(2) What gets measured matters. GAO found that within CCO reported data sets, services were not tied to medical diagnoses or services with billing codes. Some Oregon interviewees said CCOs stopped reporting health-related services that were not tied to a medical diagnosis or services with billing codes following the 2015 change in state administrative rules defining flexible services; however, the CCOs continued providing these services, in some cases from a different “pot of money”(p33). If the State of Oregon asks CCOs to demonstrate a link between health-related services and cost-effectiveness or quality improvement based on diagnostic codes, it should provide information on acceptable data and consistent methods for evaluating the link (p123).

(3) Oregon relies on CCO level data reporting for spending levels across members for each flexible services category. These datasets are not consistently reported across CCOs and the data is severed from individual users, making it impossible to determine how many persons are presented in the flexible spending datasets (p124). This raises the concern that outcome tracking and data tracking concerns will remain under addressed. The current endpoints may obscure the lack of services and poor service quality and evaluation of treatment effectiveness for persons with complex comorbidities. Without a process of linking medical data or checking with patients for outcomes, one is unlikely to find that there is either a data problem or a service delivery problem. Despite the sacrificing of patient privacy protections, conclusions about the role of individual prescriptions for opioids (scripts, dose, or utilization) with regard to downstream social problems cannot be verified. Assumptions that the PDMP, a prescription tracking tool, will serve this function may well prove to be erroneous.[24]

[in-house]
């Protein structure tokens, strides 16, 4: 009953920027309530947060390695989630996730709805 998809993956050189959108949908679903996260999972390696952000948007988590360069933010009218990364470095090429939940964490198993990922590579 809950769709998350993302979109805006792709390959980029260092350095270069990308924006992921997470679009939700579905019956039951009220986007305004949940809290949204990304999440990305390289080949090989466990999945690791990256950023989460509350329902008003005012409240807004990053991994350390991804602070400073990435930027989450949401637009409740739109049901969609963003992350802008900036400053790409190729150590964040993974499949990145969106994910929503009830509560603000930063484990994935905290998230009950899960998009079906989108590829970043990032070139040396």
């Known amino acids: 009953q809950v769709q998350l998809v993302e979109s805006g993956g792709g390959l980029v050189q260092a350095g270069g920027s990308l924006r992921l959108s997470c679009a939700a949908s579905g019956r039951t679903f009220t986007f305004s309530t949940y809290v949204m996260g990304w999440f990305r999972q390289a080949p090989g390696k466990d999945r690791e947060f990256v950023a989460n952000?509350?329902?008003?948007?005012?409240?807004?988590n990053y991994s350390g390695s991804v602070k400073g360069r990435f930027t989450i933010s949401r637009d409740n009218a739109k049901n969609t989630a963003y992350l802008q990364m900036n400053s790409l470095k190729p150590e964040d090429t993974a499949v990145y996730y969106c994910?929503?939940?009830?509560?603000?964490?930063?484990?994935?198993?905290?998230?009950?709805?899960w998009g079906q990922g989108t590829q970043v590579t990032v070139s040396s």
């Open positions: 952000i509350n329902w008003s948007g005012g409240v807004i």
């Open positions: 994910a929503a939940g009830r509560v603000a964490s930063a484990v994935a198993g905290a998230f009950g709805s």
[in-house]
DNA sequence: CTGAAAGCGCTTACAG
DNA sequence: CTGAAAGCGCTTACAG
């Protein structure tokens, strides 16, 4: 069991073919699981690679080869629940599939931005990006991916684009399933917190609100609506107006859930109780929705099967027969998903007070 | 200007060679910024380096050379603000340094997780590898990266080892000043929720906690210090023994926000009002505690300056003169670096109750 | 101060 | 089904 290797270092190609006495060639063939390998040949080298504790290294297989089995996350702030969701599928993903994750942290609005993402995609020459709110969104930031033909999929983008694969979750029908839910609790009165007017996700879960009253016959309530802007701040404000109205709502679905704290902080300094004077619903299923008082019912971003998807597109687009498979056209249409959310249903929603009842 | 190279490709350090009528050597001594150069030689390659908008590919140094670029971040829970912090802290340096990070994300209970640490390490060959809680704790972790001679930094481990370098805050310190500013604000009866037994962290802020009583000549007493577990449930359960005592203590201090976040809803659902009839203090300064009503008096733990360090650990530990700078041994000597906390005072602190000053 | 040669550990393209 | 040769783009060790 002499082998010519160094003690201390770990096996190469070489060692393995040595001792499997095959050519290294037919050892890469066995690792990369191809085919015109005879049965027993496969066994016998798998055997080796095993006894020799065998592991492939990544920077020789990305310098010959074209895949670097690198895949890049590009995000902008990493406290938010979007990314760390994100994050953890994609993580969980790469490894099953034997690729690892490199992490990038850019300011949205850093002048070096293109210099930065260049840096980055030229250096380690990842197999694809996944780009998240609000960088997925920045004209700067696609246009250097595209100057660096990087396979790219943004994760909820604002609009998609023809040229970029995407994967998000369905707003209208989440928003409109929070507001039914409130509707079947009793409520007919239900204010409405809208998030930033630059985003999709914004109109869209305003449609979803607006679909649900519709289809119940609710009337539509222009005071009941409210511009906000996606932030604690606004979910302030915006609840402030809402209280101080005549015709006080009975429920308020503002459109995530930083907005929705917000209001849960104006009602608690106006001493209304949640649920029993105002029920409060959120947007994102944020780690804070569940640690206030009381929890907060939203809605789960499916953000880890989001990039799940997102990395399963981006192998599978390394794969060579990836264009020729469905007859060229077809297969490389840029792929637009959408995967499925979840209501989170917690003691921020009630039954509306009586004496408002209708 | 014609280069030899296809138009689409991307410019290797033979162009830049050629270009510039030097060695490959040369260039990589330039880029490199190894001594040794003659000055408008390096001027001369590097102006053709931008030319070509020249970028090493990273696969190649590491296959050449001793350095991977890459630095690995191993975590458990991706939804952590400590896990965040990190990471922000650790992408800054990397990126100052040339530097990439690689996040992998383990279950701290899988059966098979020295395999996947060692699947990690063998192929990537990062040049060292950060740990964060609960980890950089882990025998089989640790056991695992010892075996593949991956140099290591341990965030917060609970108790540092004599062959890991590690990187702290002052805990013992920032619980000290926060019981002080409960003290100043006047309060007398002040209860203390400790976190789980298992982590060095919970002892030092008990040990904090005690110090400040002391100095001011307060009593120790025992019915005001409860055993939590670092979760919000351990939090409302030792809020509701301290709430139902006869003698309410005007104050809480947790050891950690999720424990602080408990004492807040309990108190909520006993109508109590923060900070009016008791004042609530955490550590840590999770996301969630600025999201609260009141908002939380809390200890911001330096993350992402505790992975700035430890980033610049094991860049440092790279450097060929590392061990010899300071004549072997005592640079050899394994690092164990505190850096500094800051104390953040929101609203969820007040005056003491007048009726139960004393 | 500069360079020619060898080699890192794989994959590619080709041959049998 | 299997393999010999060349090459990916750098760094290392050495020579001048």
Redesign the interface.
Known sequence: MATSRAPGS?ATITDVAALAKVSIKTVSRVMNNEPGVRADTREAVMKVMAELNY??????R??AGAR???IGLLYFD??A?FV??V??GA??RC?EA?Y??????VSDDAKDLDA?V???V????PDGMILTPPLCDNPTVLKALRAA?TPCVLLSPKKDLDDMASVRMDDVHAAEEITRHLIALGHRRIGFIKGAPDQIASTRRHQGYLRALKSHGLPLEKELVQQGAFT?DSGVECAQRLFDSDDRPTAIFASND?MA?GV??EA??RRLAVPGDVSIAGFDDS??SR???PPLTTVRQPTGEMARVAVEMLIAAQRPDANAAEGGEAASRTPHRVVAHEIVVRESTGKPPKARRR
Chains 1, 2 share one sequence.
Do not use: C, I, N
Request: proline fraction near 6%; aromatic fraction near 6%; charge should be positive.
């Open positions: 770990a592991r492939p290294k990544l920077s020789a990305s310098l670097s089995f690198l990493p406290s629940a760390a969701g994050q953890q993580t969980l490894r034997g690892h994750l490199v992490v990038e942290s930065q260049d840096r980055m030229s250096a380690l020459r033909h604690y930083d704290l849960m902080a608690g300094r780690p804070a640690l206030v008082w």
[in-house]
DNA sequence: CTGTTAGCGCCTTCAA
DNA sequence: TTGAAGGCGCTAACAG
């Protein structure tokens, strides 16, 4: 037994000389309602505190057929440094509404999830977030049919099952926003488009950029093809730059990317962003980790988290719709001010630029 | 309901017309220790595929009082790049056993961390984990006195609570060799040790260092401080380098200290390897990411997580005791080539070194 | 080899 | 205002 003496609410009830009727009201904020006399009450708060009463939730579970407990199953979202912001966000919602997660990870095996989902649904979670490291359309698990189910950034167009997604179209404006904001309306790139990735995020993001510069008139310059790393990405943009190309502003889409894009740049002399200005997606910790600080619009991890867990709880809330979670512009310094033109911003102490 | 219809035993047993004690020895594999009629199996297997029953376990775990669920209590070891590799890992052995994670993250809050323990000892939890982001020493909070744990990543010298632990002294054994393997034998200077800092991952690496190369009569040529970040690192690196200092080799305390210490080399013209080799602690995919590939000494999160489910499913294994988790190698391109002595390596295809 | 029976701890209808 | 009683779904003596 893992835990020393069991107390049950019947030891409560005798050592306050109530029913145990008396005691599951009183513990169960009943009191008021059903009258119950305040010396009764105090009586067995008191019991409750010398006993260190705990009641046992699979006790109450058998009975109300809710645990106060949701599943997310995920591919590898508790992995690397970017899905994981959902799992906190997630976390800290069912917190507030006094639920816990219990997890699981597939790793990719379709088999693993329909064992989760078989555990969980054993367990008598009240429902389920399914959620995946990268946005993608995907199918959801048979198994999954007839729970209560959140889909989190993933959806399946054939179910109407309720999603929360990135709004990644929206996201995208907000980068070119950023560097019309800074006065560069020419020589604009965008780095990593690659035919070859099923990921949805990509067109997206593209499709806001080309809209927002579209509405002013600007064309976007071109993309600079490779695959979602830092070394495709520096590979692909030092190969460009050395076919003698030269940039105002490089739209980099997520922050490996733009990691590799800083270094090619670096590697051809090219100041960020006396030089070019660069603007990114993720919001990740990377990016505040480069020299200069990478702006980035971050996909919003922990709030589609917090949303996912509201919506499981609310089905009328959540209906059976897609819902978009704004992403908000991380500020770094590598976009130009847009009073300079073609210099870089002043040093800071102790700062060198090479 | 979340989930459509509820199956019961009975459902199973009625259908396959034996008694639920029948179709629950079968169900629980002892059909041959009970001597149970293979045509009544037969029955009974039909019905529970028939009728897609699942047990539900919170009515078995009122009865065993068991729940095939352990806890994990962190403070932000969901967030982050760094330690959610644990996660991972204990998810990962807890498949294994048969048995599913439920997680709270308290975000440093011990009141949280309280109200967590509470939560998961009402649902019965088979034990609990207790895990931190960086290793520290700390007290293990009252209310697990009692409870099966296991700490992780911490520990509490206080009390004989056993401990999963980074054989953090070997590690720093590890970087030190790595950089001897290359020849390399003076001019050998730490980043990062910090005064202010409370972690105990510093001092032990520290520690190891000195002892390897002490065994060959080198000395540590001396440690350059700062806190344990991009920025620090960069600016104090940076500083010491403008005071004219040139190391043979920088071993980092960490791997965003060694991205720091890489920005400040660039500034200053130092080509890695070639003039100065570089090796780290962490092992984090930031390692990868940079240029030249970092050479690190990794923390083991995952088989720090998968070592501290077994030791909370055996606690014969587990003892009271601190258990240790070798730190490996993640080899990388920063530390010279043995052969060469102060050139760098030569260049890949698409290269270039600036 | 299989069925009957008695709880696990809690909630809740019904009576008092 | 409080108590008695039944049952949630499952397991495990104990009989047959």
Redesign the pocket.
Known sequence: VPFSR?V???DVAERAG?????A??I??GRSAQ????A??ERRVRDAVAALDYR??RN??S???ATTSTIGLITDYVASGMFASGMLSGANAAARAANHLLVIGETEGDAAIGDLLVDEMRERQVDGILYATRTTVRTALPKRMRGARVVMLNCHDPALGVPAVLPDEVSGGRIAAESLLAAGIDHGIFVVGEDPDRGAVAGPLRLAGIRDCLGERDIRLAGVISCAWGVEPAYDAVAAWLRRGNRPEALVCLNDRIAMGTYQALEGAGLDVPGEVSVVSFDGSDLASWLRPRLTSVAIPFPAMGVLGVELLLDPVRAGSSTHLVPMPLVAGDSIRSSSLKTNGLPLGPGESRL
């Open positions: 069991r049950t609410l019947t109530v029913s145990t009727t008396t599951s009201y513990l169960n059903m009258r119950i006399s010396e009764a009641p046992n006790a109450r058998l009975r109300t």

(4) CCOs were just beginning to provide flexible services as defined in state administrative rules…CCOs did not receive detailed guidance from OHA about the definition and use of flexible services until the fourth year of the waiver…when OHA came out with flexible services, there was absolutely no guidance provided from them as to what that meant, and the CCOs for the first two years defined what flexible services were and how they were utilized. In 2016, they actually pushed down some guidance and rules related to what flexible services could be and so that’s why we now have standard policies and procedures of what a flex service is and what those funds can be used for versus what a benefit is. (p34): Local plan resources may well influence how flexible services are interpreted and implemented. Where there are service provider shortages, or there are delayed access issues, there will be no data, no expenditure, and potentially, no care and no data. This may in turn be reflected as a satisfactory improvement in reduced cost of utilization when in fact it is a very unsatisfactory outcome. Reduction of utilization in this case indicates poor quality care.

(5) CCOs varied widely in their capacity to track and report on flexible services. Some CCOs used sophisticated systems to track flexible services spending for accounting and financial reporting purposes. CCOs lacked systems for tracking and reporting on members’ use of flexible services and outcomes associated with flexible services. While some CCOs used sophisticated systems for accounting and financial reporting, these systems were not used to track flexible services use or outcomes, such as members’ health status or satisfaction. Most interviewees said members’ use of flexible services and outcomes were recorded as part of the care management process and stored in CCOs’ case management systems or providers’ electronic health records, which are separate from systems for accounting and financial reporting. At the time of the interviews, most CCOs said data needed to evaluate the effect of flexible services on health care use and spending were unavailable. Several interviewees highlighted the challenge of demonstrating that flexible services cause decreases in spending or improvements in health outcomes …trying to do a pre and post-expense measurement is tough because it is difficulty to construct or find control groups. This problem will remain as the data system is currently designed.